Charles Bronson, Mr. Merciless Vigilante himself, as a rough veteran cop obsessively chasing a psychopath who is some kind of deranged, schizophrenic hybrid between real-life serial killers Richard Speck and Ted Bundy? Well, to me that pretty much sounds like a cinematic dream come true, even more so because the film – especially during the first half hour – has the allure of a typically early ’80s, vile teen-slasher movie!
Leo Kessler (Charles Bronson) is a seemingly fatigue police detective who has already witnessed all types of human agony and mainly just relies on his hunches and years of experience when performing an investigation. When a couple of beautiful college girls get barbarically massacred, Kessler is convinced right away that the creepy office clerk Warren Stacy (Gene Davis) is the culprit, but there’s not enough evidence. When Kessler’s daughter is threatened to become Stacy’s next target, he sees no option but to plant key evidence on the madman’s clothes. This thoughtless act puts Stacy back on the streets as a free man and causes Kessler to lose all his credibility and even his badge. Not that this is necessarily a bad thing, because at least now Kessler can hunt Stacy down during his own private time and without having to consider lawful restrictions.
The plot does sound an awful lot like Bronson‘s very own ‘Death Wish’ film series, doesn’t it? Still, ’10 To Midnight’ only really turns into a vigilante thriller near the end of the film. Before that, it’s mainly an excessively violent mixture of horror, action and cop drama. This isn’t the most popular film amongst critics (I encountered really harsh and condescending reviews, including the one by Roger Ebert) and some even claim it’s the most embarrassing project Charles Bronson was ever involved with. Admittedly, ’10 To Midnight’ suffers from a couple severe defects and nearly unforgivable errors. There are multiple giant gaps in the continuity, the nudity and violence are exaggeratedly exploitative and the shameless promoting of private justice is sometimes very hard to stomach. Director J. Lee Thompson probably just intended to question and challenge the existing laws concerning temporary insanity, but the result too obviously looks like a blunt glorification of private vigilante.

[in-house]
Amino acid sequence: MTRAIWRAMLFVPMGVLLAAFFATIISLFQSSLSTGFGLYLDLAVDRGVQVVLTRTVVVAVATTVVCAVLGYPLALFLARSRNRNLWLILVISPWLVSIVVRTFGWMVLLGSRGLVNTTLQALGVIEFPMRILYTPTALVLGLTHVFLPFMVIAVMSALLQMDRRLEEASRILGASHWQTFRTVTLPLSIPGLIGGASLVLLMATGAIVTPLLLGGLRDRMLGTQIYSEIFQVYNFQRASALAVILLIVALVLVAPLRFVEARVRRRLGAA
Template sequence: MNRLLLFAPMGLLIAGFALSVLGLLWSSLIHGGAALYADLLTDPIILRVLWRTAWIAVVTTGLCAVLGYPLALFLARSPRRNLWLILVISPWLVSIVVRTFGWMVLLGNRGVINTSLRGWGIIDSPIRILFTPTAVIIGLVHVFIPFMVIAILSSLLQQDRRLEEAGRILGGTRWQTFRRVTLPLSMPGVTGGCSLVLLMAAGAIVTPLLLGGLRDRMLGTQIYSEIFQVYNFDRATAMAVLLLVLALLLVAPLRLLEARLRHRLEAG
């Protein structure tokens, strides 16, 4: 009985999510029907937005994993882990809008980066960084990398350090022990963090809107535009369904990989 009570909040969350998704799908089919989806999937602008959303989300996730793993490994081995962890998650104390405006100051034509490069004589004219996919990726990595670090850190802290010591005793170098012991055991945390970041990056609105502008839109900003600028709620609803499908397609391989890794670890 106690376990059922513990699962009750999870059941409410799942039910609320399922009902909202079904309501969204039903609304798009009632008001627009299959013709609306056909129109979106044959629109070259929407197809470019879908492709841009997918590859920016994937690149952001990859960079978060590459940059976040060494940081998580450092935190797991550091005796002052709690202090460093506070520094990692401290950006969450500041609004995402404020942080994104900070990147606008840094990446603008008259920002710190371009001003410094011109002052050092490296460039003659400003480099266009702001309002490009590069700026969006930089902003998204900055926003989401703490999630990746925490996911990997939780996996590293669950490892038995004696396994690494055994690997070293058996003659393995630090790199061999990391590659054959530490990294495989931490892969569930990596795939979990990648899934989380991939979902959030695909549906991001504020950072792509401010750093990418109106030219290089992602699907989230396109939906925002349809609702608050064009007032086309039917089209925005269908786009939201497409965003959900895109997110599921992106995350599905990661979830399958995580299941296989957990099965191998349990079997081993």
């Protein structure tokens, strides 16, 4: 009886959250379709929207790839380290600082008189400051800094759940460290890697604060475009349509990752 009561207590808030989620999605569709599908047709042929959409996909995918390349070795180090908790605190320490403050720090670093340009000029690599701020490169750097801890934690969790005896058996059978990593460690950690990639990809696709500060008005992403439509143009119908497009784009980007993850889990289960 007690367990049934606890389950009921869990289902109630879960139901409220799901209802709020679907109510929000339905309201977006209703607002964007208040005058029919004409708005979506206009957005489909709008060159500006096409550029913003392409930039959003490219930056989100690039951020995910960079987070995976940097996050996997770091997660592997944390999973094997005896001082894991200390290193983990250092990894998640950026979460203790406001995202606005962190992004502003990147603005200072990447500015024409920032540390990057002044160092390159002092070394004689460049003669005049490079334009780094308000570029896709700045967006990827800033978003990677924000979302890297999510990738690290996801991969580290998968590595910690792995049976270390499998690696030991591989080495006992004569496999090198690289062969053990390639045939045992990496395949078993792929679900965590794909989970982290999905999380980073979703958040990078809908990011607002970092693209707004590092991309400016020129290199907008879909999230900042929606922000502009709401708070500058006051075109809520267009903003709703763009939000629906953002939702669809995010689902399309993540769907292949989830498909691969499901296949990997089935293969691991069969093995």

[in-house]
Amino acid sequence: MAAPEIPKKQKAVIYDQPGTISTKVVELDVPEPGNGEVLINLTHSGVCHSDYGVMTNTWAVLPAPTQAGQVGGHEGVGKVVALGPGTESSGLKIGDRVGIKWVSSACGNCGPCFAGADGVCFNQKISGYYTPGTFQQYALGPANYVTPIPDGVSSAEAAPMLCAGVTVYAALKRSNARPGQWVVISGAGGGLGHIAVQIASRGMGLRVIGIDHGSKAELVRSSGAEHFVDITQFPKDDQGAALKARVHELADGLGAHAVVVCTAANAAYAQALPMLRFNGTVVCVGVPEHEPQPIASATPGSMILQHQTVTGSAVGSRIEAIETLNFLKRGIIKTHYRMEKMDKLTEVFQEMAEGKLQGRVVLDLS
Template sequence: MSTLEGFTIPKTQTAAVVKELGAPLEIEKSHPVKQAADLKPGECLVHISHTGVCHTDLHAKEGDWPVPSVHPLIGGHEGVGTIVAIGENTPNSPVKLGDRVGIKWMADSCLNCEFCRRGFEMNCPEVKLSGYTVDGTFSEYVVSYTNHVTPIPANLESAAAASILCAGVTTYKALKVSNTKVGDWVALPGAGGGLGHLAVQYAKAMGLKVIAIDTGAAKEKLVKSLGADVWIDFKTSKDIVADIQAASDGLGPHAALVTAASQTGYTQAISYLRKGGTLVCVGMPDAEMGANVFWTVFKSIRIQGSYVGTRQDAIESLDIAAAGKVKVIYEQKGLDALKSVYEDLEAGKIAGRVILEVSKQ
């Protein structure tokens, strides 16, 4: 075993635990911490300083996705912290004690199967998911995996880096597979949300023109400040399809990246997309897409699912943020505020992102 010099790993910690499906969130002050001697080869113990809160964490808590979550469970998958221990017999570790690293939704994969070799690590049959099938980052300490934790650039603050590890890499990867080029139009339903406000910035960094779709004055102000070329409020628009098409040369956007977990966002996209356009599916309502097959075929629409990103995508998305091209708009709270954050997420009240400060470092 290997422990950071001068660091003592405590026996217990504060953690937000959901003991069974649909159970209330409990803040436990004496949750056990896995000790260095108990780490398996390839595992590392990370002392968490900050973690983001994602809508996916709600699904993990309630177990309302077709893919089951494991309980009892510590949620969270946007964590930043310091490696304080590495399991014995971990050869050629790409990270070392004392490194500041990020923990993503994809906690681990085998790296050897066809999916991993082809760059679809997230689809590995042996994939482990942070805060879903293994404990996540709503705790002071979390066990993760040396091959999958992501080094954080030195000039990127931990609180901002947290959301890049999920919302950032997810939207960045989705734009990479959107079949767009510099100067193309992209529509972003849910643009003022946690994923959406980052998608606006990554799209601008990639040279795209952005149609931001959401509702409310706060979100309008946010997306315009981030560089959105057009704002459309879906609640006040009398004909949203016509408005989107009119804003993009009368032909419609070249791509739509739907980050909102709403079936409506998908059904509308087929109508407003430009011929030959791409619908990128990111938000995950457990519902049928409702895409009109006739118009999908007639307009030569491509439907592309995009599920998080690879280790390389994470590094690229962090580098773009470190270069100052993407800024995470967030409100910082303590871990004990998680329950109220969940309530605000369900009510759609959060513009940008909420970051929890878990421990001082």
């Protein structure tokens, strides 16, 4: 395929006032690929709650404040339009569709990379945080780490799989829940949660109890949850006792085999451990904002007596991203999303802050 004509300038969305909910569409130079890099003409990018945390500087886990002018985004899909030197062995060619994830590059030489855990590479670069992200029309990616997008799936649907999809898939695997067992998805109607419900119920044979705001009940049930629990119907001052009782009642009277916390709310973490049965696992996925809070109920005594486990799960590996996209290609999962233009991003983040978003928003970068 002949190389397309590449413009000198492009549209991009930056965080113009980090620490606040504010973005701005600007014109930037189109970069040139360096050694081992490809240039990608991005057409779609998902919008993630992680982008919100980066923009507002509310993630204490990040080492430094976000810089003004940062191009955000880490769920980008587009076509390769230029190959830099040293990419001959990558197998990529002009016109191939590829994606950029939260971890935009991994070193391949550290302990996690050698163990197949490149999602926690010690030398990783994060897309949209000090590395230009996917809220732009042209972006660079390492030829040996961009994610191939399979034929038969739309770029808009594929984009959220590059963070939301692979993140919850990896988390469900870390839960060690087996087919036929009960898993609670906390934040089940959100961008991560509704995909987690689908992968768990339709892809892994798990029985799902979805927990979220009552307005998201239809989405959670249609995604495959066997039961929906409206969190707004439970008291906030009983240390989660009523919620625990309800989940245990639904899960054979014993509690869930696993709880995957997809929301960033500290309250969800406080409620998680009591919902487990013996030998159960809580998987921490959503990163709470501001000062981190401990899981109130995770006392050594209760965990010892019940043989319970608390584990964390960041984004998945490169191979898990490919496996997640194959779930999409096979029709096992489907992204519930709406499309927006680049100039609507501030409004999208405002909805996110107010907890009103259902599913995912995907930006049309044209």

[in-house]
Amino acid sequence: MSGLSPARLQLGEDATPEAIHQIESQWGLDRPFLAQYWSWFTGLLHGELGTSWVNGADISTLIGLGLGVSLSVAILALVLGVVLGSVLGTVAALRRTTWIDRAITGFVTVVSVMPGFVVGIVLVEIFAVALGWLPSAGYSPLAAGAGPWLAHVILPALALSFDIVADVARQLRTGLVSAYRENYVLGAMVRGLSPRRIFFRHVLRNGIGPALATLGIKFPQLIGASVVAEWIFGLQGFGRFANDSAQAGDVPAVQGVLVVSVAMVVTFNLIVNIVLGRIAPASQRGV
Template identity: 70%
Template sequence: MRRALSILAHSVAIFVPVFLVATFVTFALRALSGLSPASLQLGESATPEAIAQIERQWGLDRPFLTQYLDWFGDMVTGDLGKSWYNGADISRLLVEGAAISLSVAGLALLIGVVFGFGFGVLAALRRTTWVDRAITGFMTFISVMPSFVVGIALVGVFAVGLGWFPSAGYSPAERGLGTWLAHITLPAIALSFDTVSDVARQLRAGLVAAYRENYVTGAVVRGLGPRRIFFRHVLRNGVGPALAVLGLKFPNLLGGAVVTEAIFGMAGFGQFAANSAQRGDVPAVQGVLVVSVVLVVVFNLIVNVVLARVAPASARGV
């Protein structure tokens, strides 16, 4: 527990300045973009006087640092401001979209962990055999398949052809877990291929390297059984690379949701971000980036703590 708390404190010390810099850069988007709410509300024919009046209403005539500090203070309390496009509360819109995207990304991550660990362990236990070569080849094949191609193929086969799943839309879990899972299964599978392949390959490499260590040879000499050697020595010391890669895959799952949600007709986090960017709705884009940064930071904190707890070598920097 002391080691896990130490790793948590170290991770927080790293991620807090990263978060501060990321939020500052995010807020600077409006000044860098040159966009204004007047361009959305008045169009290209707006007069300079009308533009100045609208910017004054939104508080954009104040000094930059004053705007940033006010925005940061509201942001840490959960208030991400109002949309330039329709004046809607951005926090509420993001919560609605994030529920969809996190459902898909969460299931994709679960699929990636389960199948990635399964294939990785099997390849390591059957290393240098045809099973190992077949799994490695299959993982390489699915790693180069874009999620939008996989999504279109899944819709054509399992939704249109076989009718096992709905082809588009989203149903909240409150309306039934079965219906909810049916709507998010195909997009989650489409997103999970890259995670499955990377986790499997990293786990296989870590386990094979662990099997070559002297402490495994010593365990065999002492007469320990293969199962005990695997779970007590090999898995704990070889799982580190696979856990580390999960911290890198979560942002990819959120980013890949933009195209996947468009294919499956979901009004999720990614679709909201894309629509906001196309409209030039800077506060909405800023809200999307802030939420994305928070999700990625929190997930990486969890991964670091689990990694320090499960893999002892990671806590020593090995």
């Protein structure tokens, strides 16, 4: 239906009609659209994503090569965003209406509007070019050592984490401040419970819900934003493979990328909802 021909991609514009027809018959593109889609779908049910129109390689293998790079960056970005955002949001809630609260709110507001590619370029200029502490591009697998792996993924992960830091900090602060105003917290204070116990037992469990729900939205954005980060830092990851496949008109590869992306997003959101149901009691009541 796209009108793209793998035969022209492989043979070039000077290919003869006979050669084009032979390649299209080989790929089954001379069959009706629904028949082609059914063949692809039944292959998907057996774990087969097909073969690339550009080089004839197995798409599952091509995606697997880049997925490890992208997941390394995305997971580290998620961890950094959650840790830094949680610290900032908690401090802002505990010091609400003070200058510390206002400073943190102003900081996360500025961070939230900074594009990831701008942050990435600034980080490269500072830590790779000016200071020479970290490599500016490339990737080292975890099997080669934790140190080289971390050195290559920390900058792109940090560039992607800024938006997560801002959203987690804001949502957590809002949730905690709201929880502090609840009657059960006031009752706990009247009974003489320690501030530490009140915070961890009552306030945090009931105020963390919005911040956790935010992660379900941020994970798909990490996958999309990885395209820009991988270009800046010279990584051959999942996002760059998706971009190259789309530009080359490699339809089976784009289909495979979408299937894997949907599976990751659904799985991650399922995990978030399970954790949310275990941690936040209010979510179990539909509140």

Nonetheless and in spite of all its shortcomings, ’10 To Midnight’ is a genuinely exciting and continuously suspenseful thriller with also a handful of ingenious and remarkable aspects, like for example the serial killer character. I already mentioned how Warren Stacy appears to be a crossover of two of the most notorious serial killers that ever lived. The connection to Richard Speck is fairly clear, as Stacy terrorizes a roomful of student nurses for half of the film, but the connection to Ted Bundy is perhaps a little less obvious. Like Bundy, Warren Stacy is a young, eloquent, attractive and muscular man whose morbid fascinations only come to the surface when he feels rejected. Oh, and he also drives a Volkswagen Beetle, which can’t be a coincidence if you ask me.
Personally, I’m obsessed with real-life serial killers and their influences on horror/cult cinema; hence I probably appreciate this film slightly more than the average and unbiased moviegoer. ’10 To Midnight’ is far more violent and sleazy than the majority of horror movies out there, so squeamish people beware. Even if you’re trained to see a lot of disturbing stuff, the murders in this film are extremely unpleasant to behold. Bronson‘s performance is purely routine work (though he’s still the man!), but Gene Davis‘ portrayal of the cold-blooded psycho is noteworthy. Keep also an eye open for the first and really brief big-screen appearance of Kelly Preston as one of the student nurses.
Trailer on YouTube.